Microsoft Dynamics GPI needed to check how many serial numbers were assigned to sales transactions and the cumulative length of them. I’m not aware of any function in Microsoft Dynamics GP which would give me this information, so I wrote the below SQL statement to return both values along with the transaction type and document number.

It selects from the Sales Serial/Lot Work and History (SOP10201) table which, allowing for a simple statement, includes both the work and history data (SOP transactions don’t have a status of open).

/*
Created by Ian Grieve of azurecurve|Ramblings of an IT Professional (http://www.azurecurve.co.uk) This code is licensed under the Creative Commons Attribution-NonCommercial-ShareAlike 4.0 International (CC BY-NC-SA 4.0 Int). */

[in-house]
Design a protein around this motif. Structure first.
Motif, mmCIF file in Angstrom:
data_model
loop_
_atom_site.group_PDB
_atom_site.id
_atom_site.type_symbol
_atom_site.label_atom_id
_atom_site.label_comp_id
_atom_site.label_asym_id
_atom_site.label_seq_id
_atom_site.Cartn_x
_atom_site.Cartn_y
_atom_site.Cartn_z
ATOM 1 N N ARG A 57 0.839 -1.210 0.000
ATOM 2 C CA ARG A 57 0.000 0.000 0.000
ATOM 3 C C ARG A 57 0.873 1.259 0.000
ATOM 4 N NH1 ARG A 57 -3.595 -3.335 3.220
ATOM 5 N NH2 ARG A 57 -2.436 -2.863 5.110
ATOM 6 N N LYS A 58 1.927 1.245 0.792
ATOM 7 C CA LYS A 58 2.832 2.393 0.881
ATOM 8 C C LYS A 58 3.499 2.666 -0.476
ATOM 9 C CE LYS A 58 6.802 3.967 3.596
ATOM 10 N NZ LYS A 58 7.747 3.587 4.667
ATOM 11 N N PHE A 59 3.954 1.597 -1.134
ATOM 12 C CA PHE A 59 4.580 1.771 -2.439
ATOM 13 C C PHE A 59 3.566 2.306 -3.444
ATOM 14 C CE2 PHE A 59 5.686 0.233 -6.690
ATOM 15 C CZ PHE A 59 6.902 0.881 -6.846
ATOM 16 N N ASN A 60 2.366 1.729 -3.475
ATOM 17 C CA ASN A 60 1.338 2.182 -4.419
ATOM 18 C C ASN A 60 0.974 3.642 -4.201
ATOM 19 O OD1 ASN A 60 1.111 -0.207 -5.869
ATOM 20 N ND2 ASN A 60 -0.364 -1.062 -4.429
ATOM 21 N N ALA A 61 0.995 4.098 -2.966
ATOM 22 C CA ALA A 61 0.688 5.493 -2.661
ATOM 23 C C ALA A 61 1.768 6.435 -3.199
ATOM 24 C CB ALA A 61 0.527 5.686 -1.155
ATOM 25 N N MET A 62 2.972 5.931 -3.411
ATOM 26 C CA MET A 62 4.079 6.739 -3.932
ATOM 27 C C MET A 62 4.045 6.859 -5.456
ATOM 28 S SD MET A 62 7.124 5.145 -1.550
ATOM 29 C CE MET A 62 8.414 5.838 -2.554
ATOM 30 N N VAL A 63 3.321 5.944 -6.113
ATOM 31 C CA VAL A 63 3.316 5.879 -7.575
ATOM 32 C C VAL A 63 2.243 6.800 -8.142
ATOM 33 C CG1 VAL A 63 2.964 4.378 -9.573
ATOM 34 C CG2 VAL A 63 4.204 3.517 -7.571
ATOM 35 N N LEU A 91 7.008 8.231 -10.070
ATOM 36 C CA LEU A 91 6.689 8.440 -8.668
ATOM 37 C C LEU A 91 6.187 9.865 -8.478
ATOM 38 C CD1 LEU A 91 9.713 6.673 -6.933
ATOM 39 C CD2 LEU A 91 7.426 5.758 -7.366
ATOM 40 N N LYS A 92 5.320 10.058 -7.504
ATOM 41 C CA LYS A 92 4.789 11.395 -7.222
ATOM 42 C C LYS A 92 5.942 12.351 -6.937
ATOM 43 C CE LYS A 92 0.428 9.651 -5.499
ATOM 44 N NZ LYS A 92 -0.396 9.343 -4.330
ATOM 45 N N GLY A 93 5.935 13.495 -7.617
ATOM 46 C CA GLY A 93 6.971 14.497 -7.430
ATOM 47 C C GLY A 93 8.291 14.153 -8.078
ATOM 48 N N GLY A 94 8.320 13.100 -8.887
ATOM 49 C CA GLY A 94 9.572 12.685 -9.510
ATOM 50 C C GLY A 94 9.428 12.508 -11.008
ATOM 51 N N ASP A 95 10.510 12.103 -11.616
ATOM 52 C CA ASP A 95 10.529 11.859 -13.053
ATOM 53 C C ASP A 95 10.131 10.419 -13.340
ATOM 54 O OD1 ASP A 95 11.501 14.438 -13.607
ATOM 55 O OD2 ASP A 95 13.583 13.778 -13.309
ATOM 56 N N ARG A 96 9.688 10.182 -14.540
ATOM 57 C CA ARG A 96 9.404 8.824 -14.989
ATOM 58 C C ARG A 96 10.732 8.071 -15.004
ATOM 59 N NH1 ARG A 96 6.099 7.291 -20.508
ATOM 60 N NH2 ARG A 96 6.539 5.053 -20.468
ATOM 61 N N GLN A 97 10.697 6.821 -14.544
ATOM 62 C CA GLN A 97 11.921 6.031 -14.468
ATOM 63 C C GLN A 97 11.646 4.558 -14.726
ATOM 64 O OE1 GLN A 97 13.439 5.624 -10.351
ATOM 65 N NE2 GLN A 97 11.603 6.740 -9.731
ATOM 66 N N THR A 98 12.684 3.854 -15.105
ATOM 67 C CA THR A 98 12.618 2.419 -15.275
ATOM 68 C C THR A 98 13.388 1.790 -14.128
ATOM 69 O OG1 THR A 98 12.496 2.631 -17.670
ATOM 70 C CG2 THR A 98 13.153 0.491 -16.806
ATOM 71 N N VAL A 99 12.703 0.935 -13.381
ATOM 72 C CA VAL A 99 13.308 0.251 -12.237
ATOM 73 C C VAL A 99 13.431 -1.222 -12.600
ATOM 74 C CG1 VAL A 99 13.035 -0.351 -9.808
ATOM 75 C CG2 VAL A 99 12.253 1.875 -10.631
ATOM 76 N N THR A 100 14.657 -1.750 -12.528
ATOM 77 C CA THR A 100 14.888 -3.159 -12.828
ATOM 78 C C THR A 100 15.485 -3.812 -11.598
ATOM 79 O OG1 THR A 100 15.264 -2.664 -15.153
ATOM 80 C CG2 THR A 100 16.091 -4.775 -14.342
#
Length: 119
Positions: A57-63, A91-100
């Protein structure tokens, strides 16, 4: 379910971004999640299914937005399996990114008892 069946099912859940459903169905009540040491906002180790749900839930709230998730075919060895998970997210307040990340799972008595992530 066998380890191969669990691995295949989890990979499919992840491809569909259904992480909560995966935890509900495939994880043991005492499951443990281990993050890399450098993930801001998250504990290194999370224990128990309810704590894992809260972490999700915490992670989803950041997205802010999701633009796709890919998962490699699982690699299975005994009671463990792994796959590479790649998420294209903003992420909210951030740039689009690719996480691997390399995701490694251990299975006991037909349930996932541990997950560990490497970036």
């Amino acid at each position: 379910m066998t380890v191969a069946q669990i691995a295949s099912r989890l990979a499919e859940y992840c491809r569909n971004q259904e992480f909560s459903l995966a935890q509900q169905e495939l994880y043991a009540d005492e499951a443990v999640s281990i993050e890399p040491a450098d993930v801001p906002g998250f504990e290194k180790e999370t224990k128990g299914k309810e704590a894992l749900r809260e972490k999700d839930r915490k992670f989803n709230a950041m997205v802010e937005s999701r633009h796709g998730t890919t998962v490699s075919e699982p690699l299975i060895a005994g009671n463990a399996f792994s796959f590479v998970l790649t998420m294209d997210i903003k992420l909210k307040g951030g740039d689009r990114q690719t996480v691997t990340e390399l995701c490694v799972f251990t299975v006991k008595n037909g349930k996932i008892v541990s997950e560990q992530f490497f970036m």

SELECT SOP.SOPNUMBE AS 'SOP Number' ,SOP.SOPTYPE AS 'SOP Type' ,SOP.LNITMSEQ AS 'Line Item Sequence' ,COUNT(1) AS 'Serial Number Count' ,SUM(LEN(SOP.SERLTNUM)) AS 'Serial Number Length' FROM SOP10201 AS SOP -- Sales Serial/Lot Work and History (SOP10201) GROUP BY SOP.SOPNUMBE ,SOP.SOPTYPE ,SOP.LNITMSEQ ORDER BY SUM(LEN(SOP.SERLTNUM)) DESC

Show Bookmarks in Word

Microsoft OfficeBookmarks are not shown in Microsoft Word by default; this minimises the risk of someone accidentally deleting or changing a bookmark. However, sometimes you do need to make them visible.

I had to do this recently, but really had difficulty finding the setting.

To enable the display of bookmarks, click on File and select Options.

In the Word Options window, select Advanced and scroll down to Show document content; the fifth setting down is Show bookmarks. Mark this setting and click OK:

Word options

Fixed Asset Depreciation Not Calculating in Microsoft Dynamics GP

Microsoft Dynamics GPI was on a call with a client the other day looking at a few issues with them in Microsoft Dynamics GP. One of the issues was that they had been setting up the Fixed Asset Management module, but when they ran depreciation, nothing happened.